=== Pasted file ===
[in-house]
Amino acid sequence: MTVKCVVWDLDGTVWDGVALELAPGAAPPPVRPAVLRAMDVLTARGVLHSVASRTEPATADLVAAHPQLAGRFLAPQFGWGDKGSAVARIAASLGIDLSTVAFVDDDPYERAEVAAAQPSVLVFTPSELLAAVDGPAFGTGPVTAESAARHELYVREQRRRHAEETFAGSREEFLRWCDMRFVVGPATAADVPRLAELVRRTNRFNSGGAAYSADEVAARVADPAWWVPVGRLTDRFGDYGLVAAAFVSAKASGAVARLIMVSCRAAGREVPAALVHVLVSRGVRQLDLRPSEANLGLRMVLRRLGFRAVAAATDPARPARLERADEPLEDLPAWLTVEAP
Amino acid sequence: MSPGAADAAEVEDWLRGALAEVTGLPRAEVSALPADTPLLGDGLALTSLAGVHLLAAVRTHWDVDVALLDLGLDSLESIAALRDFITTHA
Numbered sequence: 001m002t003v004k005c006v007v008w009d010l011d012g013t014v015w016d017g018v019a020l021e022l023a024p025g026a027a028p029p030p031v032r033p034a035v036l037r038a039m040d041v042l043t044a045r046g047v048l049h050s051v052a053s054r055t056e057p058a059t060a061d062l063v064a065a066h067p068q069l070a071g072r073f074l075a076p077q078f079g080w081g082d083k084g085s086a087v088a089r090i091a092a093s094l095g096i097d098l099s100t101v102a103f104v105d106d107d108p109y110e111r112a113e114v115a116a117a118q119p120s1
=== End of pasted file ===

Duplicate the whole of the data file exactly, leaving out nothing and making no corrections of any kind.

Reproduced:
[in-house]
Amino acid sequence: MTVKCVVWDLDGTVWDGVALELAPGAAPPPVRPAVLRAMDVLTARGVLHSVASRTEPATADLVAAHPQLAGRFLAPQFGWGDKGSAVARIAASLGIDLSTVAFVDDDPYERAEVAAAQPSVLVFTPSELLAAVDGPAFGTGPVTAESAARHELYVREQRRRHAEETFAGSREEFLRWCDMRFVVGPATAADVPRLAELVRRTNRFNSGGAAYSADEVAARVADPAWWVPVGRLTDRFGDYGLVAAAFVSAKASGAVARLIMVSCRAAGREVPAALVHVLVSRGVRQLDLRPSEANLGLRMVLRRLGFRAVAAATDPARPARLERADEPLEDLPAWLTVEAP
Amino acid sequence: MSPGAADAAEVEDWLRGALAEVTGLPRAEVSALPADTPLLGDGLALTSLAGVHLLAAVRTHWDVDVALLDLGLDSLESIAALRDFITTHA
Numbered sequence: 001m002t003v004k005c006v007v008w009d010l011d012g013t014v015w016d017g018v019a020l021e022l023a024p025g026a027a028p029p030p031v032r033p034a035v036l037r038a039m040d041v042l043t044a045r046g047v048l049h050s051v052a053s054r055t056e057p058a059t060a061d062l063v064a065a066h067p068q069l070a071g072r073f074l075a076p077q078f079g080w081g082d083k084g085s086a087v088a089r090i091a092a093s094l095g096i097d098l099s100t101v102a103f104v105d106d107d108p109y110e111r112a113e114v115a116a117a118q119p120s1